It is also possible to define negative classes. The expression “[^ds]” (with the caret symbol after the opening bracket) matches all characters except for d and s. Thus, the regular expression “[^ds]ay]”, given the text:

They say today is a day away.

will match only the string way, appearing as part of the word away.

Character classes can also be written using certain abbreviations; for example, “\d” denotes any digit, “\w” denotes any letter, and “\s” denotes any white character (space, tab or newline).

The dot character

The dot (period, full stop) is a special character. When used in a regular expression it will be matched by any character at all. So the expression “c.t” will be matched by cat, cot and cut, but also by c5t, for instance.

If you want a regular expression to represent a character that would normally be a special character (such as a full stop), you must place the symbol \ before that character. For example, the regular expression “ai\.POLENG\.pl” may be used to find the e-mail address of an employee of our company.


Quantifiers are used to search for repetitions. One of them is the asterisk special character that was mentioned earlier.

The special character + stands for at least one repetition. For example, “hur+ah+” is matched by hurah, hurrah, hurahh, etc., but not by hua, hura or huah.

The special character ? denotes zero or one instance. The expression ‘Mr\.?’’ matches both “Mr.” with a period, and “Mr” without one.

Quantifiers can also specify the number of repetitions. The regular expression “\d{4}” matches exactly four digits, while “\w{5,10}” is matched by a string of five to ten letters.


Anchors specify the place in the text where the string is to occur.

The special character ^ indicates that the string must appear at the very start of the text.

The special character $ indicates that the matched string must appear at the end of the text.

The regular expression “^\d+$” thus matches only texts consisting entirely of digits.

The anchor \b denotes a word boundary. The expression “\bcat\b” will not be matched to any string in the text We have two cats, because there is no word boundary immediately following the string cat.


The possibilities of text searching using regular expressions can be expanded with the use of flags. For example, the flag i means that upper and lower case letters are to be treated as identical when matching strings to the pattern, and the flag g means that the expression handling mechanism is to find all strings matching the pattern, not only the first of them.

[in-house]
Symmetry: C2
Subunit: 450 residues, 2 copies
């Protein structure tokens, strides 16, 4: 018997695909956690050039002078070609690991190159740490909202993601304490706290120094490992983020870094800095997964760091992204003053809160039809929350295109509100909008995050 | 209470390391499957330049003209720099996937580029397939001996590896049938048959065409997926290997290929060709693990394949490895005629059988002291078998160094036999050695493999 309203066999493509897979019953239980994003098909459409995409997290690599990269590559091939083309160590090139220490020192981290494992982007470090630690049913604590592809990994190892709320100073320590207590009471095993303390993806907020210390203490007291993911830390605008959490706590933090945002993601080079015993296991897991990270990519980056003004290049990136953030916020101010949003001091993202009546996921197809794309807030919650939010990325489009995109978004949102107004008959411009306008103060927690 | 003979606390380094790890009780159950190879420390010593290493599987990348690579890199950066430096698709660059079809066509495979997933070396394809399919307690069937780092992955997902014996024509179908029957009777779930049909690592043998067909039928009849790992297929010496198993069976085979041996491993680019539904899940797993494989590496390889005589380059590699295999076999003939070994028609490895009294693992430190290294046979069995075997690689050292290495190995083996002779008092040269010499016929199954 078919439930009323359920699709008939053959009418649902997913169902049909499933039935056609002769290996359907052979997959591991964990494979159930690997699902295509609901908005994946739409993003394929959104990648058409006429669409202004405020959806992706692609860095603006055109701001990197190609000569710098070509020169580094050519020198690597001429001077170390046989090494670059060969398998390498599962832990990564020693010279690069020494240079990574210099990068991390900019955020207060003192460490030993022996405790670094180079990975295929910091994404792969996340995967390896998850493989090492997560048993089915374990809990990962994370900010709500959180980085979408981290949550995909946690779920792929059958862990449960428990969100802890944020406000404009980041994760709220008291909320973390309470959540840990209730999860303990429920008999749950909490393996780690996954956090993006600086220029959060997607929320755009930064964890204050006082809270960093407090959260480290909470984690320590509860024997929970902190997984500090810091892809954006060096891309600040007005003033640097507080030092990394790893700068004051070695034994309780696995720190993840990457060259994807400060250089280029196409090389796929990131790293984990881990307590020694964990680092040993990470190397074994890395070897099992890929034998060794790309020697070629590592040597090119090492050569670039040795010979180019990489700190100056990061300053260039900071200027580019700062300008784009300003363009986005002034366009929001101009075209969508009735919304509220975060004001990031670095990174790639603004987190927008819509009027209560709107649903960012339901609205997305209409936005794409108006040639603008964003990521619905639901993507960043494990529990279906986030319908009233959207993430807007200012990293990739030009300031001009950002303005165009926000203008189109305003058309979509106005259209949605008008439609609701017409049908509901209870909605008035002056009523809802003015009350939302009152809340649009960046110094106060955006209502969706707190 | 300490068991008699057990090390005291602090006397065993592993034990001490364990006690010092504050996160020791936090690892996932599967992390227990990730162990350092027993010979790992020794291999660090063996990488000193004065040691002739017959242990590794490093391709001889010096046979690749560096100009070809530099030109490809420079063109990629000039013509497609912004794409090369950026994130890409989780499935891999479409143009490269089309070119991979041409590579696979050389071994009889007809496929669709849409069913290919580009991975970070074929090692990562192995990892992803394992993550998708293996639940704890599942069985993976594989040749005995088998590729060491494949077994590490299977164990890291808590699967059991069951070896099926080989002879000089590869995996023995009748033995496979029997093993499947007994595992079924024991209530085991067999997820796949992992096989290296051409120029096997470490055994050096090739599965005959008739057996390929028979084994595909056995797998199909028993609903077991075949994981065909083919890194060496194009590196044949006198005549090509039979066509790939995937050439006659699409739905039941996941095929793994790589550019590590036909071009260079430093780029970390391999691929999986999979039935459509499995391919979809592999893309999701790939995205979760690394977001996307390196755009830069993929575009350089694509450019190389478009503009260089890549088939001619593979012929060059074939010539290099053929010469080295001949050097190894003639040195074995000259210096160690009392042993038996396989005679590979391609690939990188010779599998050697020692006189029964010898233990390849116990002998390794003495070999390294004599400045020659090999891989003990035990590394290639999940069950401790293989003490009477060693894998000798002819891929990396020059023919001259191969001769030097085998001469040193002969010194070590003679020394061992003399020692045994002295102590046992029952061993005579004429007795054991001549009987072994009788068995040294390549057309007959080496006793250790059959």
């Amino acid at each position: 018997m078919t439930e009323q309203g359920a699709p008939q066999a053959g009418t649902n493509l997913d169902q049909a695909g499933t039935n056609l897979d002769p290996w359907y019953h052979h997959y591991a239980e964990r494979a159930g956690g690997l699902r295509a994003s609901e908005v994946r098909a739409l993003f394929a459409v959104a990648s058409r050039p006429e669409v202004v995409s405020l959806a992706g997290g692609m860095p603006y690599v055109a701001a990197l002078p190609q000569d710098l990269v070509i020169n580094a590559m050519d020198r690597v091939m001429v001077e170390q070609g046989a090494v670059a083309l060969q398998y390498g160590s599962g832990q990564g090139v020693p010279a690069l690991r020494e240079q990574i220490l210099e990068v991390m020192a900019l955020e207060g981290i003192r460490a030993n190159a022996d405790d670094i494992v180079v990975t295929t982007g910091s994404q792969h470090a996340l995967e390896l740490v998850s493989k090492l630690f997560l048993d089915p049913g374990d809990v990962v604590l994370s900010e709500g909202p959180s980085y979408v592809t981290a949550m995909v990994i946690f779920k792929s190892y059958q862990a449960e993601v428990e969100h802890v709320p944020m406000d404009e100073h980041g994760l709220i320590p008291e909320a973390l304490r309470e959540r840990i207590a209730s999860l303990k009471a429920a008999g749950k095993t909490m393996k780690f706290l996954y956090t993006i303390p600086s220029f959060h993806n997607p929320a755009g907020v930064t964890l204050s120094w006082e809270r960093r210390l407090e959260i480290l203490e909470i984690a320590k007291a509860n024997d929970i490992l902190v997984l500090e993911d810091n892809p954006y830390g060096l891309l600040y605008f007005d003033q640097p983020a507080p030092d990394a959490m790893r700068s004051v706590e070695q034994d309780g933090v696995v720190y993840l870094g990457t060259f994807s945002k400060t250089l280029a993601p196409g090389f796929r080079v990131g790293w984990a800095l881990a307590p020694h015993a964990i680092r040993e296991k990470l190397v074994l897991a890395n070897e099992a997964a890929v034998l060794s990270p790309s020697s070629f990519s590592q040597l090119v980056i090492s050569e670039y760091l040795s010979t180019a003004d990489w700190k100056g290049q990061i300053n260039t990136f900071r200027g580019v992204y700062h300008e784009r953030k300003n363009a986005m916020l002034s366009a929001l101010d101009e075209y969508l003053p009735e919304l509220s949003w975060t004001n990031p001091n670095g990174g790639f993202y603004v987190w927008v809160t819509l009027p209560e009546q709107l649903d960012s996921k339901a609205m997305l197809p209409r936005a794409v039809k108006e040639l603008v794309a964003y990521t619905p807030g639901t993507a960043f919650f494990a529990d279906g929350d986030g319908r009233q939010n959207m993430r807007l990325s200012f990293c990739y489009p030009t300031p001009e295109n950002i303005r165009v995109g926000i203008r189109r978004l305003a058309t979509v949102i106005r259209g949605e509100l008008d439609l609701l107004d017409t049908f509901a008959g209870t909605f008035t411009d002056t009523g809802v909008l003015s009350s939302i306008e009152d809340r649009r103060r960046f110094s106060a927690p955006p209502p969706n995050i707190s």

A flag is not part of a regular expression. The information that a flag is to be applied is supplied separately by the user of the mechanism (in a manner that depends on the particular solution being used).

Examples of popular regular expressions


The above regular expression matches the currently most common date range and format. It requires that the date begin with the digit 1 or 2 ([12]), followed by any three digits (\d{3}). The next character is a hyphen (-), and after that comes the month: either a two-digit string beginning with zero (but not 00), or one of 10, 11, 12 (0[1-9]|1[0-2]). After another hyphen (-) comes the day – this consists of two digits, of which either the first is zero and the second is from 1 to 9 (0[1-9]), or the first is 1 or 2> and the second may be any digit ([12]\d), or else the first is 3 and the second is 0 or 1 (3[01]).


The above expression – when used with the flag i – matches most e-mail addresses. It requires the address to begin with at least one letter, digit or other permitted character (b[A-Z0-9._%+-]+), after which comes the @ character, and then at least one string ending in a dot ([A-Z0-9.-]+\.), followed by a domain code consisting of at least two letters ([A-Z]{2,}).

How to test regular expressions

There are many online tools you can use to check whether a regular expression you have constructed “works” exactly as it should. One of them is available at

Write your regular expression in the edit window, and in the text field insert the text that is to be searched. The tool will highlight the first occurrence in that text of a string that matches the regular expression being tested.

Notice that in the above example the search mechanism is applying the flag i (which was enabled by clicking at the right-hand side of the edit window). If that flag is disabled, the e-mail address will not be found:


One of the main reasons why more and more texts are stored digitally is the ease of searching for information. Although combing the haystack for a single needle (a specific string) is a relatively simple task, and is thus available in virtually any text editor, finding multiple needles (all strings of a specified type) is far less trivial.

Regular expressions are currently the most popular mechanism for searching texts for strings of a specified type. It is therefore well worth becoming familiar with them – or at least learning the basics, as you have done now you have read this post.